The ability of the natural crystalline lens to adjust and
- with the natural contractions of the muscle in the eye - focus on
objects through a range of near, intermediate and far
Accommodating intra-ocular lens
As with the natural lens, an accommodating lens moves and
flexes, in response to ciliary muscle contractions in the eye.
These contractions drive forward movements of the lens so the eye
can maintain a clear image as it focuses on near, intermediate and
Crystalens® is the first and only accommodating lens
approved by the FDA.
Age-Related Macular Degeneration (pronounced
mak-you-lar dee-jen-er-ei-shun) (AMD)
An eye condition in which the centre of the retina (the macula)
is slowly damaged, affecting central vision.
A chart of grid lines and a central dot used to find and check
problems with central vision.
The nutrients that neutralise and deactivate free radicals.
In relation to spectacles and contact lenses refers to the
shape/design of the lenses; not quite spherical. Aspheric
spectacle lenses are popular among people who have strong
prescriptions because they are thin and lightweight, and reduce
distortion and eye magnification.
Aspheric contact lenses can enhance optical design that creates
crisp, sharp vision beyond what you are likely used to -designed to
reduce halos and glare - especially at night and in low light.
A condition in which the cornea is irregularly shaped, which
prevents light rays from focusing so that near and distant objects
appear blurred or distorted. Glasses and toric contact lenses (gas
permeable and soft lenses) can correct astigmatism.
A clouding of the lens inside the eye so that light cannot get
through to the retina.
Inflammation of the conjunctiva, characterized by a pink eye.
The cause is either infectious or allergic, though the term "pink
eye" is commonly used for any type of conjunctivitis. Other
symptoms include burning, discharge, dryness, itching, light
sensitivity, eye pain or discomfort, stickiness and tearing.
The outer, transparent, dome-like structure that covers the
eye's iris, pupil, and anterior chamber. Part of the eye's focusing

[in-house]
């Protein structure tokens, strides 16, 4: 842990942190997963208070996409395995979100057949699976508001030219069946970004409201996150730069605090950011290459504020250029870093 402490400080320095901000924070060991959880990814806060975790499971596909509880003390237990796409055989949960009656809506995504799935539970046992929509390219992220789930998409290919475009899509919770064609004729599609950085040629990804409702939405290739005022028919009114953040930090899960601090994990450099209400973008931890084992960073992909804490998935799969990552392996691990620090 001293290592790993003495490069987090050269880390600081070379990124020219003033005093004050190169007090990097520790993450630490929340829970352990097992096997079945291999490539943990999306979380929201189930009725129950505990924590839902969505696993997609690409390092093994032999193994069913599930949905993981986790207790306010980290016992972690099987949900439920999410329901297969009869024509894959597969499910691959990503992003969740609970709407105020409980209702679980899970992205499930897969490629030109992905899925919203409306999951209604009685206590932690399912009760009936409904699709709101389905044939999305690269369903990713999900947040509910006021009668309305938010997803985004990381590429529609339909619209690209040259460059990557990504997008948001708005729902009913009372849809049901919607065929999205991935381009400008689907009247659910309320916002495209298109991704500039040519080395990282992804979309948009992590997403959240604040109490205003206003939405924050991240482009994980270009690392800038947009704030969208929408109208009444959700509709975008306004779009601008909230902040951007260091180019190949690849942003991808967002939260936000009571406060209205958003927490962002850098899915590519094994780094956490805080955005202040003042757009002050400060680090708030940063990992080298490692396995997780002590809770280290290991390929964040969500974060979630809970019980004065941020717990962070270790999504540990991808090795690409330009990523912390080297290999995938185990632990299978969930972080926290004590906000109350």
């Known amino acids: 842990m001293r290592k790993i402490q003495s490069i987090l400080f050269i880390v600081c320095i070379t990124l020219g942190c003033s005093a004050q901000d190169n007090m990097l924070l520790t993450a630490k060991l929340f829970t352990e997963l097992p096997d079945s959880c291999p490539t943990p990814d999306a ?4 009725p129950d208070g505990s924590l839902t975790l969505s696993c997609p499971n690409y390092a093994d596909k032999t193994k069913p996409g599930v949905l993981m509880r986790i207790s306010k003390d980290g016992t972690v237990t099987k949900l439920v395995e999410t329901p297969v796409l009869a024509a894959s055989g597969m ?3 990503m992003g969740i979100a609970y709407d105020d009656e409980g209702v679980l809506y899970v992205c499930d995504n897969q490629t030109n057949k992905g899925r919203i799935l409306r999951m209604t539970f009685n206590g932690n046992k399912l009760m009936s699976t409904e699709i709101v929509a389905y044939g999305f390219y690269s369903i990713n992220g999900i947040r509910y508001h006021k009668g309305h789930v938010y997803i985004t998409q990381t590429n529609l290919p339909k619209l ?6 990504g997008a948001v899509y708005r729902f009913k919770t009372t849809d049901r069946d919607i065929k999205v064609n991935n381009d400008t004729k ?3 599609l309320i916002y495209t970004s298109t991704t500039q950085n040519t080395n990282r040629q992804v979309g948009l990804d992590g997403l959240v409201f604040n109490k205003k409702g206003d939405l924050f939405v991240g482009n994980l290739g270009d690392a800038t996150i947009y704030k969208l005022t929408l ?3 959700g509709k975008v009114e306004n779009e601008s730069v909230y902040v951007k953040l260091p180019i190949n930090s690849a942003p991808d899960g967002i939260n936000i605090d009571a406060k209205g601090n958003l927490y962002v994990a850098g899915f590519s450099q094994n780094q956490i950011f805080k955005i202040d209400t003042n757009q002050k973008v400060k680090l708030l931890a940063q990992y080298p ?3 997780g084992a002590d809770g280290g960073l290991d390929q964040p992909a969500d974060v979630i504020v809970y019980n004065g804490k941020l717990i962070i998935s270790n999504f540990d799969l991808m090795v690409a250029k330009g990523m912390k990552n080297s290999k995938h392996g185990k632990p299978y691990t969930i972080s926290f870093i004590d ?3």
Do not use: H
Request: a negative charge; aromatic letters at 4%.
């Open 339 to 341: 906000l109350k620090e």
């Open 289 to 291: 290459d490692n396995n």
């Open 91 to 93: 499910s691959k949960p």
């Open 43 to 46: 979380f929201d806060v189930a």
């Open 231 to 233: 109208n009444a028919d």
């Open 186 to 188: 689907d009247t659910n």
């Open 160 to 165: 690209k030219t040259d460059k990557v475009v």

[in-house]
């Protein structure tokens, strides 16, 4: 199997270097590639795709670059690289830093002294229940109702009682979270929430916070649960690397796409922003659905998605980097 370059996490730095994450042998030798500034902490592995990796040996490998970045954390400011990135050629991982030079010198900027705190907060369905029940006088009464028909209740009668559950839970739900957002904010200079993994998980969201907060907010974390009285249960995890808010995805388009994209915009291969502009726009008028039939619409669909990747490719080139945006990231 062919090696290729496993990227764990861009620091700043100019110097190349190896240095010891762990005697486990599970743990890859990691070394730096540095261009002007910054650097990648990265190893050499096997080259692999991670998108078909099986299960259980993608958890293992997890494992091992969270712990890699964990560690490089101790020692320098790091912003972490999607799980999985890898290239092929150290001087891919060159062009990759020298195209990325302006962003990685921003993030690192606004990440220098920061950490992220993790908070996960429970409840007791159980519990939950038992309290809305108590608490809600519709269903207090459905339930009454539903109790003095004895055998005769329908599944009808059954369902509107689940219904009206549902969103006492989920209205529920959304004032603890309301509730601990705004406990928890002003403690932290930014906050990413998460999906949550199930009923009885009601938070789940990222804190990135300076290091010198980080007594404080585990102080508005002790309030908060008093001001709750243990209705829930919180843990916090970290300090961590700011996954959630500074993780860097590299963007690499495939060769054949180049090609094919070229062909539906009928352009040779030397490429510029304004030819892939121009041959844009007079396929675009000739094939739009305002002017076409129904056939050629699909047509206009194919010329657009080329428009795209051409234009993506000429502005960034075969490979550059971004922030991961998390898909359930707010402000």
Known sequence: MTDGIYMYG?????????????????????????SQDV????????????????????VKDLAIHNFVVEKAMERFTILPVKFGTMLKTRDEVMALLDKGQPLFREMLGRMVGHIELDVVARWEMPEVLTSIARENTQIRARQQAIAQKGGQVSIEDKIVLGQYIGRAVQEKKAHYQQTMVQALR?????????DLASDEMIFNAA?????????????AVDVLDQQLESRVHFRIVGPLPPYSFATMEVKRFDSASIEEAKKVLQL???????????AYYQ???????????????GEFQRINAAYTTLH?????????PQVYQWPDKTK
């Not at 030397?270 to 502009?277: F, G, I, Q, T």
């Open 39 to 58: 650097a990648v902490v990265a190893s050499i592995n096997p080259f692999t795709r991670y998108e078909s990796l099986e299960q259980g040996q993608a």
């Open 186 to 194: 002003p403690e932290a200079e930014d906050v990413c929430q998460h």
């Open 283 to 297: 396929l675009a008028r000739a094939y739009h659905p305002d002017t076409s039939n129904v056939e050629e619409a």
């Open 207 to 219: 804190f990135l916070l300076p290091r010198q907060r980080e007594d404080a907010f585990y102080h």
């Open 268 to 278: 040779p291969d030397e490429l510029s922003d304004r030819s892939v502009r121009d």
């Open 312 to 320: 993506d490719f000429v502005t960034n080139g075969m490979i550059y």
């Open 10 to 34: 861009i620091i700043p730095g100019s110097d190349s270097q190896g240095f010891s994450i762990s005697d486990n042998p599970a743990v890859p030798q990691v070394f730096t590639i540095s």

system that transmits and focuses light into the eye.
The transparent, double convex (outward curve on both sides)
structure behind the iris. The lens of the eye helps to focus light
rays onto the retina.
Daily Wear Contact Lenses
Contact lenses that are worn during waking hours but removed at
the end of each day for cleaning and disinfecting.
Unit of measure for the refractive (light-bending) power of a
lens; eye care practitioners use it in eyeglass and contact lens
prescriptions. A negative number refers to nearsightedness; a
positive number, farsightedness. For example, someone with -8.00
diopter lenses is very nearsighted, while someone with +0.75
diopter lenses is only slightly farsighted.
Disposable Contact Lenses
Disposable lenses refer to the replacement frequency of the
contact lenses. This can range from daily disposable,
designed for single use and then discard or disposable lenses which
are worn on a daily basis and then cleaned daily between use and
then discarded upon Eye Care Professional's advice, often 2 weekly
Dk/t is a measurement used to quantify the amount of oxygen that
is transmitted through the contact lens. The higher the Dk/t
value; the higher the amount of oxygen transmitted through the
Extended Wear Contact Lenses
Contact lenses that have been approved for overnight wear.
Extended wear contact lenses are typically approved for up to 7
days/nights of overnight wear or up to 30 days/nights of overnight
wear between removals for cleaning and disinfection or